“They have more strides that they use and they can go as fast as anybody in the country. They practice it, they preach it, they do a really good job of exploring themselves and figuring out how they can go faster. And our job is to be able to match that level of conditioning.” — Schlabach

It’s in Athens

What could be the biggest game in Sanford Stadium history is still hours away, but thousands of fans have arrived in Athens from all over.

Former Tennessee quarterback Peyton Manning is here. So does former Georgia defensive back and NFL Hall of Famer Champion Bailey. Country music star Luke Bryan arrived at “College GameDay” on a private jet. PGA Tour golfers Kevin KisnerGeorgia alum and former US Open champion Gary Woodland were expected to arrive from Justin Thomas‘ wedding in Nashville on Saturday morning.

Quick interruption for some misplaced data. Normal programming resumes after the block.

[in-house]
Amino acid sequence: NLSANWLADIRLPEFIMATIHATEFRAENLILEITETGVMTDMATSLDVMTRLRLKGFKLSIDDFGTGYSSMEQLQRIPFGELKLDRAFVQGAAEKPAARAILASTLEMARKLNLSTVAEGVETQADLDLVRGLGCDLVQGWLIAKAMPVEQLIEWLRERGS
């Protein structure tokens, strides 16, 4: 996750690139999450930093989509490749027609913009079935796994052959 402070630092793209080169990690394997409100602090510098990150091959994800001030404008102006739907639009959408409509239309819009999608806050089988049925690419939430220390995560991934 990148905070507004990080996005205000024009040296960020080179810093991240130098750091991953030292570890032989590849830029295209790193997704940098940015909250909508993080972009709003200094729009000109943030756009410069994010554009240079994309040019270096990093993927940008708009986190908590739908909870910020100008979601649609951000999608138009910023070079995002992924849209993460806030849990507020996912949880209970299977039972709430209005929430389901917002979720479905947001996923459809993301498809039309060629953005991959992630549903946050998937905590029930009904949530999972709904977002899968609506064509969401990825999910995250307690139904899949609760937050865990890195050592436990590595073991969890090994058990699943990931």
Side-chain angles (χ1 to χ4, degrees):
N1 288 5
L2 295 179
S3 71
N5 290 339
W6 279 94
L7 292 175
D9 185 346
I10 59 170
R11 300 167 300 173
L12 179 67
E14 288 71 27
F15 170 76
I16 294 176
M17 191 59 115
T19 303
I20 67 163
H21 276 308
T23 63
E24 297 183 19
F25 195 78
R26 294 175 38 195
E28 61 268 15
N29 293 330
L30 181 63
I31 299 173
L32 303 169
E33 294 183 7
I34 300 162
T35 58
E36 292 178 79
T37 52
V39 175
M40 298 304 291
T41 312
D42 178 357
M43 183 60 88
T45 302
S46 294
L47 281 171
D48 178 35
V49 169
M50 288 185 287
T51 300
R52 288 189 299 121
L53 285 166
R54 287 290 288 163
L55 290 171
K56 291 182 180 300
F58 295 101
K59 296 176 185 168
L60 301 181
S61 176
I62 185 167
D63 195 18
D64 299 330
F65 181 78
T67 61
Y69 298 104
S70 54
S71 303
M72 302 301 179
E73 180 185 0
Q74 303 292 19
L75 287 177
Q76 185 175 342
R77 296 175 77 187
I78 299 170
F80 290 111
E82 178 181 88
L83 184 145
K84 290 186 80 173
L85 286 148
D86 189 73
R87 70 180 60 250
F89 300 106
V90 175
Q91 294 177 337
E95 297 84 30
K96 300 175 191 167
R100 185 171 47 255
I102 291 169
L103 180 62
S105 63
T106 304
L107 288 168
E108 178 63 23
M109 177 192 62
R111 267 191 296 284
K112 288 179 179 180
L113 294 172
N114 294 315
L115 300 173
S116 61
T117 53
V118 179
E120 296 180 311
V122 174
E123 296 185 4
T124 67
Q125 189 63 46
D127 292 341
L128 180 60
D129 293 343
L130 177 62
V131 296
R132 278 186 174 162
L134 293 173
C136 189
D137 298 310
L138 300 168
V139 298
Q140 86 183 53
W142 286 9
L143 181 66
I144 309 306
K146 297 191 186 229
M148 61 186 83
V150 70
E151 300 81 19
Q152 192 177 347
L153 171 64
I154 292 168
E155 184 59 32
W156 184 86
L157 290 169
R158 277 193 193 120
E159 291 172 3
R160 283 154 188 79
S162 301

The Bulldogs have hosted plenty of big games at Sanford Stadium over the past 93 years, but perhaps none bigger than Saturday’s, which will likely decide the SEC East title and who plays in the SEC championship game. The winner will also gain access to the College Football Playoff, while the loser will need help from other teams to make the top four.

It’s the first top-five game at Sanford Stadium since 1983, when Bo Jackson and No. 3 Auburn ended No. 4 Georgia’s SEC 23-game winning streak with a 13-7 win between the hedges.

“It’s a big game, isn’t it?” Georgia coach Kirby Smart said. “There’s nothing about the number in front of him. It would be a big game regardless because both teams are in the East.” — Schlabach